Another of our female swimmers to make her Olympic debut, Ali Galyer didn't progress past her heat in the 100m backstroke. But Galyer still has her favoured event, the 200m backstroke, later in the week.
Twelve-year-old Hend Zaza became one of the youngest athletes to ever compete at an Olympics, when the table tennis player from war-torn Syria played in the opening round of the women's competition.
Zaza, who carried the Syrian flag in Friday's opening ceremony, was just 11 when she qualified for the Games at the West Asian qualifier, beating a Lebanon player nearly four times her age. But in Tokyo, where she's easily the youngest athlete at these Games, she has to pack her bags already after losing her preliminary round match to Austrian 39-year-old Liu Jia – who has a 10-year-old daughter.
The youngest female competitor at a summer Olympics was Italian gymnast Luigina Giavotti, who competed in 1928 aged 11 years 301 days.
And even the mighty have fallen in the first round - a wobbly tennis top seed Ash Barty was upset by 48th-ranked Spaniard Sara Sorribes Tormo, 6-4 6-3, just a fortnight after winning at Wimbledon. The Australian, however, lives on in the doubles.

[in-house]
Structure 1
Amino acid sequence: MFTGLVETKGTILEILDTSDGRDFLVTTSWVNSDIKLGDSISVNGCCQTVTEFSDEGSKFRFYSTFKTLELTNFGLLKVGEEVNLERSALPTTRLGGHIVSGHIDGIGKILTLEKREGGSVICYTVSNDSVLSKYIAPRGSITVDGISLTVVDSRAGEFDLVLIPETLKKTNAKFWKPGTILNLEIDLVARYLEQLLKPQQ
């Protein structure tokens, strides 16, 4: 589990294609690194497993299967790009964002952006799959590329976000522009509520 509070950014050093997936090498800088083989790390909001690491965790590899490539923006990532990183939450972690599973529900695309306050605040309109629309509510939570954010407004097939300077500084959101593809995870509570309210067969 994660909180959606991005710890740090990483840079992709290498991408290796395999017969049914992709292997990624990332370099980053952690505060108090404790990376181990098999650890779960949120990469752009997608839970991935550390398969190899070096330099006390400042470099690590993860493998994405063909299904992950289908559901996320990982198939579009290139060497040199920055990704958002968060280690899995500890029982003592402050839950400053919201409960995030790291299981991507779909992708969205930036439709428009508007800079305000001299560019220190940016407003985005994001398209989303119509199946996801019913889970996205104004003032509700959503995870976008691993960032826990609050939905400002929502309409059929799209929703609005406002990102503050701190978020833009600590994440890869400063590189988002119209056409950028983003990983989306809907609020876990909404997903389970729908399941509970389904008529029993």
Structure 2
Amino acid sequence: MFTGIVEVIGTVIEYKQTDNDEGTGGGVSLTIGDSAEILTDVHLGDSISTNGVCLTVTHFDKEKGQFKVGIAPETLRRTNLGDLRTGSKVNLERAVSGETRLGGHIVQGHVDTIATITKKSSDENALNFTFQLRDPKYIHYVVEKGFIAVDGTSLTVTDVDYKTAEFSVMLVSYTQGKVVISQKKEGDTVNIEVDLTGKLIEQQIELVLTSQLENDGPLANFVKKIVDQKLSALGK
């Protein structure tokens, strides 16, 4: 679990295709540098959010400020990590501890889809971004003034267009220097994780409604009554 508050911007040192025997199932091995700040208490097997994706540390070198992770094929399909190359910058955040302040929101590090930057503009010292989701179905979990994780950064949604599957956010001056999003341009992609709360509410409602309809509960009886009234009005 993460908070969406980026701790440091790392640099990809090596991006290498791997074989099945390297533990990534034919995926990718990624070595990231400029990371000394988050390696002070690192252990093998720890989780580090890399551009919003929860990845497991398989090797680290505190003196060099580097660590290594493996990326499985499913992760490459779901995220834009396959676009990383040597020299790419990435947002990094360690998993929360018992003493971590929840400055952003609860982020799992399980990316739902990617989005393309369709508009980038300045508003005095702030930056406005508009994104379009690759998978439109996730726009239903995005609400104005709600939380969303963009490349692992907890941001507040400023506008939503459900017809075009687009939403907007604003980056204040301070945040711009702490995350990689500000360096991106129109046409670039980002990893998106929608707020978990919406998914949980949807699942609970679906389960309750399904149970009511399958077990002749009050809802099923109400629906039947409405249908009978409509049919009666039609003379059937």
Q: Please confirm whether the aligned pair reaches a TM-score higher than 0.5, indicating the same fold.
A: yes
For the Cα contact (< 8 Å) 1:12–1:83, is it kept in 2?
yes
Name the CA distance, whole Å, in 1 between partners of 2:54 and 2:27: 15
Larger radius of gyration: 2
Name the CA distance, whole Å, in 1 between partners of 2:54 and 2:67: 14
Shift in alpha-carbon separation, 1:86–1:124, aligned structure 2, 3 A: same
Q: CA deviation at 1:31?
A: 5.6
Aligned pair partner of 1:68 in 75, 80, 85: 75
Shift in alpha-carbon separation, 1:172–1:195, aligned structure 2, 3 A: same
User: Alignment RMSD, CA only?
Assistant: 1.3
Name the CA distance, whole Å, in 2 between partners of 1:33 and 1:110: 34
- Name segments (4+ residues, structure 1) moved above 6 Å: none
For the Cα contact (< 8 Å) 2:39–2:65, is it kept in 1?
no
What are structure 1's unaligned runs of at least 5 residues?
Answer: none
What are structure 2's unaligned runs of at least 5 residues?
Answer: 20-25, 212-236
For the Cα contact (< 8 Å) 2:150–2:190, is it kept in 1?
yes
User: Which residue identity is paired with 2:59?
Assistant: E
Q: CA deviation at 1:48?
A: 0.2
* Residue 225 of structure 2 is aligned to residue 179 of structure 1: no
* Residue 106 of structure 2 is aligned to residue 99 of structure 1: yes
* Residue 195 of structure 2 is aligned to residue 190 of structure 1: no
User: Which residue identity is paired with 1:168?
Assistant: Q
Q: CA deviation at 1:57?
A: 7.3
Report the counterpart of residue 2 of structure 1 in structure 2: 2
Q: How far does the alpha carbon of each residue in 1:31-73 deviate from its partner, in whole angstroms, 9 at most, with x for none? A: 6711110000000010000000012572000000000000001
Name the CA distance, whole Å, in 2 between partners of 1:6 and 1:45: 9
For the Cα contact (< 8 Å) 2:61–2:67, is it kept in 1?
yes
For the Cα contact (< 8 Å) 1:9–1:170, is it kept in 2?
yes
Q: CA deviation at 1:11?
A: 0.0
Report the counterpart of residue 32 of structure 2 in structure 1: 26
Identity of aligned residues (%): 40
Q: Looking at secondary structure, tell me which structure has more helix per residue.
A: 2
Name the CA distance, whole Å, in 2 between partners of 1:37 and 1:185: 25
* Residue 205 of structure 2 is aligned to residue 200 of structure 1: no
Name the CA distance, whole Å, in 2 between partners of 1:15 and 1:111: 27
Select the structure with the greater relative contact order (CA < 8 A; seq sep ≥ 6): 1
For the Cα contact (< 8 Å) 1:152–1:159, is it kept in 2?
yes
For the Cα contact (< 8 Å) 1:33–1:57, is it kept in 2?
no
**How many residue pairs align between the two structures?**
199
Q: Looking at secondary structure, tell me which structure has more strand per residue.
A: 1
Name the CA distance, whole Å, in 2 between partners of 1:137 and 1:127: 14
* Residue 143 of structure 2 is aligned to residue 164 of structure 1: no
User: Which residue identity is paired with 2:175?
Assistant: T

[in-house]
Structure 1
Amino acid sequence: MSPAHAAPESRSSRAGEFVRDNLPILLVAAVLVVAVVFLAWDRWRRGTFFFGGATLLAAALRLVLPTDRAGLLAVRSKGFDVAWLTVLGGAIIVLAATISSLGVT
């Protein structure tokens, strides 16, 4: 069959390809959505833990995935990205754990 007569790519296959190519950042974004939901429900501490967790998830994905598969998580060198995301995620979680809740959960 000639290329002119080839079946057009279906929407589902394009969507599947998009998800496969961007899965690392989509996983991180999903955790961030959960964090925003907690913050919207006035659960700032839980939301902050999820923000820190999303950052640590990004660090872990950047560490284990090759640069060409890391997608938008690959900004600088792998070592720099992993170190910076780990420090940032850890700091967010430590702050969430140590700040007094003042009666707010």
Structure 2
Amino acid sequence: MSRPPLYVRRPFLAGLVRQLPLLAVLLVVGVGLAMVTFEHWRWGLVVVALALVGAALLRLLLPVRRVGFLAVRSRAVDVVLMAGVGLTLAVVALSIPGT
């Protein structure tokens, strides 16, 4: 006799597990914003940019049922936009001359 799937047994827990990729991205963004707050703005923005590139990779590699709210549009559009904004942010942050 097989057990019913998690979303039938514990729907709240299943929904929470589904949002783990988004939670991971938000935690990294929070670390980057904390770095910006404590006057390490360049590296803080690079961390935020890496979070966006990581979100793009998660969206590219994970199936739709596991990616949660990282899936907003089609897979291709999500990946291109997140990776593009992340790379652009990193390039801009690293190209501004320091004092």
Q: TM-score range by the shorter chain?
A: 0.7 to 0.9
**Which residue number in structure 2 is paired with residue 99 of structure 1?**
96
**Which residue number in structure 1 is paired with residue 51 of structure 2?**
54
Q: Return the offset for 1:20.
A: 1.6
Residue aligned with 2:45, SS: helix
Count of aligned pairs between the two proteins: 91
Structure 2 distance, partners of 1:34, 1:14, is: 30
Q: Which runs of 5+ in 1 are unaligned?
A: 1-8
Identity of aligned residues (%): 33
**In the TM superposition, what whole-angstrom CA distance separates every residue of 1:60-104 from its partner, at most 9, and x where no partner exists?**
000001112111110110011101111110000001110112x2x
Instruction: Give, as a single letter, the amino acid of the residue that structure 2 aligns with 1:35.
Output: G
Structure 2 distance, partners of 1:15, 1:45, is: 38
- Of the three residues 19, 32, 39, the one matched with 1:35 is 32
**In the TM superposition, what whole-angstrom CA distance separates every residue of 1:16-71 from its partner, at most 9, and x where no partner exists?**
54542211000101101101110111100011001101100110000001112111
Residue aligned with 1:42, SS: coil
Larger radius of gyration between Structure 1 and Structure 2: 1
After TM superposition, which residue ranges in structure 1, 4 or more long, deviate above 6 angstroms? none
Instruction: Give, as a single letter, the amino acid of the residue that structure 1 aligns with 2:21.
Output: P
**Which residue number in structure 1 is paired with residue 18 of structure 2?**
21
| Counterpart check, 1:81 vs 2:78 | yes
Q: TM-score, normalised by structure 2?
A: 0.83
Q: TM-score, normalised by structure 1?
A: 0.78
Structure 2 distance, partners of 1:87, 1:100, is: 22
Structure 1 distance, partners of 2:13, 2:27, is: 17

Ella Williams is Sky Sport presenter Rikki Swannell's one to watch on Monday.
"After a great first-up performance surfer Ella Williams is back in action again. She's now in the round of 16, with quarterfinals and semifinals also today. Ella looks like she's having the time of her life - and surfing like it too!"
SURFING: Ella Williams, 3rd round, 10am.
SHOOTING: Chloe Tipple, skeet qualifier and medal round, noon.
SWIMMING: Erika Fairweather, 400m freestyle final, 2.20pm; 200m freestyle heat, 10pm; Hayley McIntosh and Eve Thomas, 1500m freestyle heat, 11pm.
HOCKEY: Black Sticks v Japan, 11.45pm
In your daily guide recapping the fortunes of Kiwi sportswomen at the Tokyo Olympics, our rowers had an up and down Day Zero.
Emma Twigg took the first strokes on her row to Olympic redemption.
Fourth in London, fourth in Rio, Twigg came out of retirement to finally step onto the podium at these Olympics. Wearing a white singlet to combat the heat on a stunning day on the Sea Forest Waterway, Twigg led from start to finish over the 2000m of her single sculls heat.